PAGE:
Yaśodharā (यशोधरा) refers to one of the female Śrāvakas mentioned as attending the teachings in the 6th century Mañjuśrīmūlakalpa: one of the largest Kriyā Tantras devoted to Mañjuśrī (the Bodhisattva of wisdom) representing an encyclopedia of knowledge primarily concerned with ritualistic elements in Buddhism. The teachings in this text originate from Mañjuśrī and were taught to and by Buddha Śākyamuni in the presence of a large audience (including Yaśodharā).Source: archive.org: The Indian Buddhist Iconography
Mahīdharā (महीधरा) is the (Mortal) Buddhaśakti associated with Śākyasiṃha: one of the seven mortal Buddhas (mānuṣī) whose names appear last in the list of thirty-two Buddhas in Mahāyāna Buddhism.—The last seven Tathāgatas are well-known, and are designated by the Mahāyānist as Mānuṣī or “Mortal Buddhas”. When represented, the last seven Mortal Buddhas appear all alike; they are of one colour and one form, usually sitting cross-legged,with the right hand disposed in the Bhūmisparśa-mudrā (earth-touching attitute), which is the mudrā peculiar to Akṣobhya. [...] In paintings, the Mortal Buddhas [viz., Śākyasiṃha and Yaśodharā] have usually a yellow or golden complexion. [...] Sometimes they are represented as standing, in which case the appear under a distinguishing Bodhi Tree and with a distinguishing mudrā.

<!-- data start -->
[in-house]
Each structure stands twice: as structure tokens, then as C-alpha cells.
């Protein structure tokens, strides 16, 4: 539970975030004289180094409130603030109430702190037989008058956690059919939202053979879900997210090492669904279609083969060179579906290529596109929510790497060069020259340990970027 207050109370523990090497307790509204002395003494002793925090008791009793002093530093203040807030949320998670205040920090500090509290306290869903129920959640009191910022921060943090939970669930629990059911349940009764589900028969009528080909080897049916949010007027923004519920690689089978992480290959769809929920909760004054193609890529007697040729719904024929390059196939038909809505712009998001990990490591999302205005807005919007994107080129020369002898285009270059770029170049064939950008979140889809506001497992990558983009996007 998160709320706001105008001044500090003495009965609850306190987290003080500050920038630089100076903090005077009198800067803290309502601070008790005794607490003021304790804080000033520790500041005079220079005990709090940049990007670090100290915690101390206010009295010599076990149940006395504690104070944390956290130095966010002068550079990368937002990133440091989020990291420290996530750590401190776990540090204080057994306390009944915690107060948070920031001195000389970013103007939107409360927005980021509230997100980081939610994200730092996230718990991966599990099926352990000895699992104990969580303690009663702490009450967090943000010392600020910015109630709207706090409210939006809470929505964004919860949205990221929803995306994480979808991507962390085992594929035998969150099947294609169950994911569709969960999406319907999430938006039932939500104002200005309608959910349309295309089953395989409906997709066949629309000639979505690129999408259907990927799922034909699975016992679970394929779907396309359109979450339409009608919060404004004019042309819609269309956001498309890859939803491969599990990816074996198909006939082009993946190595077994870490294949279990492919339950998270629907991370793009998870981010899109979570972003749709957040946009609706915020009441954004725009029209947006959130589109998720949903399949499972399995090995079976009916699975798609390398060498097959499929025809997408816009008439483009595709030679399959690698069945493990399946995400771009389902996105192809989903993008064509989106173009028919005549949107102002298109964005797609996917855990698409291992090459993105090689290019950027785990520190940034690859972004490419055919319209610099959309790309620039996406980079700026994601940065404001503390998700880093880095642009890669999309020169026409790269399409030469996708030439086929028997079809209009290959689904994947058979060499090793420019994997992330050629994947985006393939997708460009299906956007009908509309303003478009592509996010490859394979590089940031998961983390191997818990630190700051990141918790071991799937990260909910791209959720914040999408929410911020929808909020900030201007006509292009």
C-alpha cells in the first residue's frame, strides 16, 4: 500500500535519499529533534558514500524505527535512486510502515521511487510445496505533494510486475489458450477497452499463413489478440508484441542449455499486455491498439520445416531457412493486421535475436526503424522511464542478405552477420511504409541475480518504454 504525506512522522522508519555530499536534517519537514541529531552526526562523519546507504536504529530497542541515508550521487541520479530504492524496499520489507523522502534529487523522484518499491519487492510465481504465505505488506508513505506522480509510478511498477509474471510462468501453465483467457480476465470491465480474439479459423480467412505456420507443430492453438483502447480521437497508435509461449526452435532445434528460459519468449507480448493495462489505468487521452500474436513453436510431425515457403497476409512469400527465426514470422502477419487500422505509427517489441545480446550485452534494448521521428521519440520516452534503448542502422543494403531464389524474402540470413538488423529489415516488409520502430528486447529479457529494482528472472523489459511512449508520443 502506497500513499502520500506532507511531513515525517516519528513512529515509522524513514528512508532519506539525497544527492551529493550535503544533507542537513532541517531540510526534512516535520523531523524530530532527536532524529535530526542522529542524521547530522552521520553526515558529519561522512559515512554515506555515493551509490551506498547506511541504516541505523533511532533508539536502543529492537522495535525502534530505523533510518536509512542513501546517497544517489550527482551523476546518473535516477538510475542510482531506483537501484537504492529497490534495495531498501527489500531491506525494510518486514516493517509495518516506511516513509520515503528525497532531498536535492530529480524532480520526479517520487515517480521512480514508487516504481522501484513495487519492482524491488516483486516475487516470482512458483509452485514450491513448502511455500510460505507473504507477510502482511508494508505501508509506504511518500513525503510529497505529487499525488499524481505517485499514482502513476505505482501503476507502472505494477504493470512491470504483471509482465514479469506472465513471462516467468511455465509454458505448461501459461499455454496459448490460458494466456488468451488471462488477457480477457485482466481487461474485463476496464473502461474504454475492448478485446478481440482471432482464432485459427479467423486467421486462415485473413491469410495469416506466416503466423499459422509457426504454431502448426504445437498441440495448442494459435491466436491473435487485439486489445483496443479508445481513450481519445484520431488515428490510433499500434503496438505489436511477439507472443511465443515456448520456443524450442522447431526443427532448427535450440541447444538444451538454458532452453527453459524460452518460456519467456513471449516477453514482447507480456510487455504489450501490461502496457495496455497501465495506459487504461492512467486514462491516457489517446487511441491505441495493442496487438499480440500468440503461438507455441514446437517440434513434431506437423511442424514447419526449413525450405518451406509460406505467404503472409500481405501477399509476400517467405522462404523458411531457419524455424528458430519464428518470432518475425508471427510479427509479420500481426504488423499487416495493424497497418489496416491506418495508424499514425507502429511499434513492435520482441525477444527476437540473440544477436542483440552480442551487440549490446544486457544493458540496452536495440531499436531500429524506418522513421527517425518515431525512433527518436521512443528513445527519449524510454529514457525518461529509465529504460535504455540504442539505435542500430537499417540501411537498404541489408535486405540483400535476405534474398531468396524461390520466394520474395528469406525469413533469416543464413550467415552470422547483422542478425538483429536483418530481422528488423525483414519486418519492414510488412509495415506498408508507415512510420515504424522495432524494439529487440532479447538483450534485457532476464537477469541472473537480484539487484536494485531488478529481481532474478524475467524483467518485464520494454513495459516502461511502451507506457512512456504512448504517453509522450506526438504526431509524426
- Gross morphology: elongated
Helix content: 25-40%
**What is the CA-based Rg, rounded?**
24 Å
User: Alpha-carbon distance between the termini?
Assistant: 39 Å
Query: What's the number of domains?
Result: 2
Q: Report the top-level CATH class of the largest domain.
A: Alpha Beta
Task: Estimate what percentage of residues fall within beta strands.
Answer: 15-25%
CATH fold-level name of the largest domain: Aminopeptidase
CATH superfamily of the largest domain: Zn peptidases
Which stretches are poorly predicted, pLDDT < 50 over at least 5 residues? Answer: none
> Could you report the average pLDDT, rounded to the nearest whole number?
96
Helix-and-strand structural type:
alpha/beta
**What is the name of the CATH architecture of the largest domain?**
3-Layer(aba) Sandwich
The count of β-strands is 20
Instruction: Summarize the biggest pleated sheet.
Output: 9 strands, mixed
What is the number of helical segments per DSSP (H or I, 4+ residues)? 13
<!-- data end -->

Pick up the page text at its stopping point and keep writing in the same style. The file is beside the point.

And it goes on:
Yaśodharā and Śākyasiṃha together bring into existence the (Mortal) Bodhisattva named Ānanda.
Tibetan Buddhism includes schools such as Nyingma, Kadampa, Kagyu and Gelug. Their primary canon of literature is divided in two broad categories: The Kangyur, which consists of Buddha’s words, and the Tengyur, which includes commentaries from various sources. Esotericism and tantra techniques (vajrayāna) are collected indepently.